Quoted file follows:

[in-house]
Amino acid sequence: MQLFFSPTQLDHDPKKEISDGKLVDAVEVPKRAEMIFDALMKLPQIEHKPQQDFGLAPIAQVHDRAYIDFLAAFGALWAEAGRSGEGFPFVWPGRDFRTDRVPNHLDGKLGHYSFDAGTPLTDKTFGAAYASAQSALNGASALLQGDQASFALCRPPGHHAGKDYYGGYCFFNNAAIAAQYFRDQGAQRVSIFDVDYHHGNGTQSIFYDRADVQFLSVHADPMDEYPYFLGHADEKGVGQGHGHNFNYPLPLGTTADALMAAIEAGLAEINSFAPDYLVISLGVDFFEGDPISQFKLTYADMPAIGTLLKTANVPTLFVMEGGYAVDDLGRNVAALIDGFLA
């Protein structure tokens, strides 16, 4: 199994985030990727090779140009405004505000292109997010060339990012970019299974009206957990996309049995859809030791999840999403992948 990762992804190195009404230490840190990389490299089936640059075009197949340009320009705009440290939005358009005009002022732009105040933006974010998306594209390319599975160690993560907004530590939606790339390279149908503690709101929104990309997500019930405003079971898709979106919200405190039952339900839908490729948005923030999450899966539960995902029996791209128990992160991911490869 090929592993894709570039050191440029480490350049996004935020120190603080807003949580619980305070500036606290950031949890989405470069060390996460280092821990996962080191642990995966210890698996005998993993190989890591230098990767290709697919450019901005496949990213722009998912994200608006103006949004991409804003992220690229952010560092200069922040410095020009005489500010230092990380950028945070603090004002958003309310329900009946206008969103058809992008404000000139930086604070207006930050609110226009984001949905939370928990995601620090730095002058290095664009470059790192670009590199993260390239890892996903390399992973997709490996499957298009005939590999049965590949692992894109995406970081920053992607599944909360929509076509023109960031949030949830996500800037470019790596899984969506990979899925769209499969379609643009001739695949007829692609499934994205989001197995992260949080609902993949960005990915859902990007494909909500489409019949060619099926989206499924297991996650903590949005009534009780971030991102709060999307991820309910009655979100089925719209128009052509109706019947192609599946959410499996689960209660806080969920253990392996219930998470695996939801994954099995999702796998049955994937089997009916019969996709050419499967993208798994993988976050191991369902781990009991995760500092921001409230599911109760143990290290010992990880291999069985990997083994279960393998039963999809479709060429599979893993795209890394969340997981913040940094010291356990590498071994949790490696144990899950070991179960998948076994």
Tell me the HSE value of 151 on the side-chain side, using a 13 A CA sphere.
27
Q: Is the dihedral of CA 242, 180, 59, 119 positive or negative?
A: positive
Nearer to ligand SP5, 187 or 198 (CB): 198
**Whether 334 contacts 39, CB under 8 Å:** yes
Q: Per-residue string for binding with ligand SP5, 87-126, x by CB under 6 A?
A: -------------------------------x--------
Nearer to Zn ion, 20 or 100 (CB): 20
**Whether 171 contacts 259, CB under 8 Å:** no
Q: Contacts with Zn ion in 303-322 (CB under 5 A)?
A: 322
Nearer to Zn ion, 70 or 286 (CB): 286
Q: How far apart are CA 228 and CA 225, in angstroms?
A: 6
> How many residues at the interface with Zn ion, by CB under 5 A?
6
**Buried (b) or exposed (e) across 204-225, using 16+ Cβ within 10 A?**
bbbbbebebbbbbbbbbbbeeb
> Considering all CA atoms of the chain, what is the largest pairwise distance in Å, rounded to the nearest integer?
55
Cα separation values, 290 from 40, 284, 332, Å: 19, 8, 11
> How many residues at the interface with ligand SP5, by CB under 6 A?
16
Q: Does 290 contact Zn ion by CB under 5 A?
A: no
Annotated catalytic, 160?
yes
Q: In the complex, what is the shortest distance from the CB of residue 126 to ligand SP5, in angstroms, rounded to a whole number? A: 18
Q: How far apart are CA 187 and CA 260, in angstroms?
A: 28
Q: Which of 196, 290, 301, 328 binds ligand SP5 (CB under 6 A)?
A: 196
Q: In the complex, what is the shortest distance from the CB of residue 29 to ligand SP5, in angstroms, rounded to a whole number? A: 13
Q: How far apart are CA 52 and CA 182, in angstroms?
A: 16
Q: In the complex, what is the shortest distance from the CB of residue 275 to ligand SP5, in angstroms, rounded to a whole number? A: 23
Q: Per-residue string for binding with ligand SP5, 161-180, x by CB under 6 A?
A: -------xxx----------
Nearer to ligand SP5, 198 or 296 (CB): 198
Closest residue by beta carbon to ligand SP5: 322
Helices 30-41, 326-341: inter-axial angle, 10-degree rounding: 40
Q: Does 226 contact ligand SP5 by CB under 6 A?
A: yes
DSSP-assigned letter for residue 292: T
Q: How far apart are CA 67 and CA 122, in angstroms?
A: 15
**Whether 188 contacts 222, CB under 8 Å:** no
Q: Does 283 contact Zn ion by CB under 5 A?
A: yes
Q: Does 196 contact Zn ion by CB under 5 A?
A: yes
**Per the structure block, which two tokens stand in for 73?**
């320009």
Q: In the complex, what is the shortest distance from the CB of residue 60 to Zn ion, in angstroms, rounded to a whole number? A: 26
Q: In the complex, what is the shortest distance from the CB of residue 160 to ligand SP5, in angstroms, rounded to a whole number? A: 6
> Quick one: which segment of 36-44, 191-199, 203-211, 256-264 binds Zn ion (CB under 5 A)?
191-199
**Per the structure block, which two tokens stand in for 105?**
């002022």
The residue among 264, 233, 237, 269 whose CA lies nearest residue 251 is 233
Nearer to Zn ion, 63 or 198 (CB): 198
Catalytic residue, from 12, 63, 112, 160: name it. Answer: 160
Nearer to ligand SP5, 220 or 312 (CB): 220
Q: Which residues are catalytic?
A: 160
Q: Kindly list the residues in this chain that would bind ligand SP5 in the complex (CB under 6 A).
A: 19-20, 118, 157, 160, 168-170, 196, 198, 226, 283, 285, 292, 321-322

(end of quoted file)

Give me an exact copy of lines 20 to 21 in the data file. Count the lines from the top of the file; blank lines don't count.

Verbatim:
6
**Buried (b) or exposed (e) across 204-225, using 16+ Cβ within 10 A?**